time and for the health authorities to hear about this. My friend drove this big lorry and half a dozen associates of mine placed this large box outside the front door here. There were about seven or eight strange people outside, very smartly dressed, pretending to take photographs
of the mural like innocent tourists, even though it was freezing weather. We’d also been informed that round the corner a hearse had mysteriously appeared.
We let the health authorities freeze there for a couple of hours because we knew they couldn’t seize the corpse on the Queen’s highway; they would have to seize it on my property. It was then brought in and they did indeed burst in very aggressively, held a couple of people up
against the wall and took some kind of crowbar to the box and lifted the lid. I sat up, wrapped in a duvet with a hot water bottle. I had a large sign in Latin, saying “Verumne tenet TSW” — “Does local television tell lies?” — and then “HABEAS CORPUS”. Well, they were quite apoplectic. This incident was reported in the local papers along with all the other nonsense and they were embarrassed into silence. They left me alone from then on."
Your purpose in the experiment?
"I was building up a library on the theme of death and I thought that at one point it would be very nice if the library room on death had artefacts that related to the theme. I had all kinds of things; an unusual collection of skulls and objects of one kind or another that related to death,
and felt there couldn’t be anything more thought provoking than the corpse of a human being. Had I had my wits about me earlier on, I would have much preferred my mother, but Diogenes was fine. It was surprising how many visits and letters I got from people offering me the same
service; that is to say, that they would also like to be embalmed."
What kind of reaction did the corpse provoke amongst people who saw it?
"There was a phrase I used: that one can be very struck by the total presence of the corpse and the total absence of the person, particularly if one knew the person. This is the primary sensation, in my view, that one gets in viewing a dead body, and I’ve seen many—the total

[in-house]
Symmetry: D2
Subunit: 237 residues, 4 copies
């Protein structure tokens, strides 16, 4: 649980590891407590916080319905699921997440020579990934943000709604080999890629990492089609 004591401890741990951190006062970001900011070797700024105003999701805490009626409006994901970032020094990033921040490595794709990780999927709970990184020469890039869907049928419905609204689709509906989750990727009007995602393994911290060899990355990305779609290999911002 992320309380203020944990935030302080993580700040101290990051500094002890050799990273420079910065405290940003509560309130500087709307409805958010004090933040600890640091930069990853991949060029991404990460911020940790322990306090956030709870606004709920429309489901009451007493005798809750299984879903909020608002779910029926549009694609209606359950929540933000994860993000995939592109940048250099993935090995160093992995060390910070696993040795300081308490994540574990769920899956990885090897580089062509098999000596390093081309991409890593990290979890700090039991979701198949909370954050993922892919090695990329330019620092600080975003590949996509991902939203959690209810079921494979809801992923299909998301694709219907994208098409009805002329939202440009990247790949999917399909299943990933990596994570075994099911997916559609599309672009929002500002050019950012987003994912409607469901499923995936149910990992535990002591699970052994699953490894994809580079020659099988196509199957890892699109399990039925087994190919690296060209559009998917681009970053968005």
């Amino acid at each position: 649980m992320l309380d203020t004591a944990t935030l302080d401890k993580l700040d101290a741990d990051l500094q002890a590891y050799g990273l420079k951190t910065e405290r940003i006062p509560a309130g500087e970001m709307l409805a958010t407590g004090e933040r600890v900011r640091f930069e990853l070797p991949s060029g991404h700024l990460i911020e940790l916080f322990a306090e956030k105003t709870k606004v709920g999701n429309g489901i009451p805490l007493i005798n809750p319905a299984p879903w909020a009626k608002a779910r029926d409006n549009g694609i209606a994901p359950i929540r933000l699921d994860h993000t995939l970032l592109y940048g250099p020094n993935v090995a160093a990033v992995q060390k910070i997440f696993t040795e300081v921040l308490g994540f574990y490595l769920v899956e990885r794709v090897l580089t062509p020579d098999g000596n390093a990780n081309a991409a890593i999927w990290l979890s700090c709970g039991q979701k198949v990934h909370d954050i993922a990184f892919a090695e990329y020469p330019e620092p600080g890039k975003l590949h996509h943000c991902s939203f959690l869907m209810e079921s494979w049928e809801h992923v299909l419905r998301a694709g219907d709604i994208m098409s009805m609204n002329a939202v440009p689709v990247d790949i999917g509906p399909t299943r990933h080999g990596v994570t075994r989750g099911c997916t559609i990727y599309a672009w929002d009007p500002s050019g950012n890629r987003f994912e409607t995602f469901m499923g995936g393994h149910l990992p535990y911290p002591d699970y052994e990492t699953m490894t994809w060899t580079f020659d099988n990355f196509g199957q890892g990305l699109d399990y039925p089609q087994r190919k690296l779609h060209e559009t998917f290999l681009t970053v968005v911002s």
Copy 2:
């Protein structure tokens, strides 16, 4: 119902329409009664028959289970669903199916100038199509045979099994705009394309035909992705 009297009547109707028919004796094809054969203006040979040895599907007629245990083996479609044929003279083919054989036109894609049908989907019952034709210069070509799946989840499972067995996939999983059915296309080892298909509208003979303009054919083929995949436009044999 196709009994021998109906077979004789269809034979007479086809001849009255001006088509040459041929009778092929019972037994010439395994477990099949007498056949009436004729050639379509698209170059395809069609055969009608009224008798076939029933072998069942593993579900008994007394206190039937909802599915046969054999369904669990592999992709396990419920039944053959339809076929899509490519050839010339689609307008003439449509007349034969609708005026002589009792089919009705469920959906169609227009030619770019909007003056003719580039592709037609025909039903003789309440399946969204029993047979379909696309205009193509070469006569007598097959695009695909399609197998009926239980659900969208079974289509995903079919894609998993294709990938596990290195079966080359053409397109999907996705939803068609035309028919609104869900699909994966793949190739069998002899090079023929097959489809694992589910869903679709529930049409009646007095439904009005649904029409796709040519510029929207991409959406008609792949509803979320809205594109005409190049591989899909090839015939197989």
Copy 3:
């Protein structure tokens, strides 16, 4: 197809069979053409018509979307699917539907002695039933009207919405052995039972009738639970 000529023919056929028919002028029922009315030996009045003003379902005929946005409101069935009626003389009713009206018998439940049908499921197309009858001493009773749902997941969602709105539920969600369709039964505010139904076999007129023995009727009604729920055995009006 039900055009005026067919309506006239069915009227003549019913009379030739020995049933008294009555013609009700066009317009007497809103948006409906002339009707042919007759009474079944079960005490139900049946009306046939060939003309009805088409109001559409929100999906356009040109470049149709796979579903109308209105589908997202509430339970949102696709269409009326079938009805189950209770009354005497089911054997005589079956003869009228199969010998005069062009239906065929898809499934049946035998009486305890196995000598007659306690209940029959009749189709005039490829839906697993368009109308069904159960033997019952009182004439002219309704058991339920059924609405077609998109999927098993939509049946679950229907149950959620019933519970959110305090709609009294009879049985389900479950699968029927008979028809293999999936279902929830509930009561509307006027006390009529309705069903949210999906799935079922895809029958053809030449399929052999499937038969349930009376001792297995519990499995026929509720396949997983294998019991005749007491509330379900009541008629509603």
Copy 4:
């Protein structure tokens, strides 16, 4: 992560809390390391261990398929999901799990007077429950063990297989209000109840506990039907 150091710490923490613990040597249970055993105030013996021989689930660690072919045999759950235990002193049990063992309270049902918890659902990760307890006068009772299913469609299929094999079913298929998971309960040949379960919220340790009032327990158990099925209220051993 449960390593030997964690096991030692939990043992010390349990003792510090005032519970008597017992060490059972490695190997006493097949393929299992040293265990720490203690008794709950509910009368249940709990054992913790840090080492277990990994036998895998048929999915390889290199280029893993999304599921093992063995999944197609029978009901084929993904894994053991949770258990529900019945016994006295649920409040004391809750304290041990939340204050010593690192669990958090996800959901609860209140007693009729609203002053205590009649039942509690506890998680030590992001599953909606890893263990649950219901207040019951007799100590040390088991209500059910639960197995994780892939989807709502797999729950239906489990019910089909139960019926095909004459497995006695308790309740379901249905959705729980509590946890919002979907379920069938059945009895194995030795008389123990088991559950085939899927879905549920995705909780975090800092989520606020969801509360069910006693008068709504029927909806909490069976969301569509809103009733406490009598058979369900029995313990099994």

absence of the person running parallel with the total presence of the corpse. And the corpse has menace, has potential for decay and putrefaction, almost like an attacking machine, but the person has curiously vapourized. I’m not making claims for self or soul or essence or
spirit; I regard these all as poetic metaphors. But in witnessing a corpse one can certainly understand how these poetic metaphors arise."
Diogenes used to look after the studio and the exhibitions. Can you explain more about the actual set-up of the premises at the time? I don’t think it was quite the whole building as it is now?
"It started downstairs in the front window from 1969 onwards. And derelict buildings in the area that I would break into and take over. But slowly I spread through the whole building. That in itself is a long story with all kinds of chicaneries, but eventually I took over the whole building and decided to open all the rooms as spaces for presenting the Projects.
When you ascended the first flight of stairs there was a kind of arched opening where the door had been removed and Diogenes sat there, by a desk. There was a 10p entrance fee; Diogenes would be sitting there and would go “Ar… Ar… Ar.” That’s about it really. Sometimes,
they’d ask him a question and he’d go, “Ar… Ar.” He did it for fifteen years and he was very popular, but there were times when I wasn’t sure whether people were coming in to see Diogenes or coming in to see the exhibition. They were certainly very surprised by him as
they came up the stairs—this scrawny, miniature Father Christmas." From the book R.O. Lenkiewicz.
Some of Diogenes's own words of wisdom!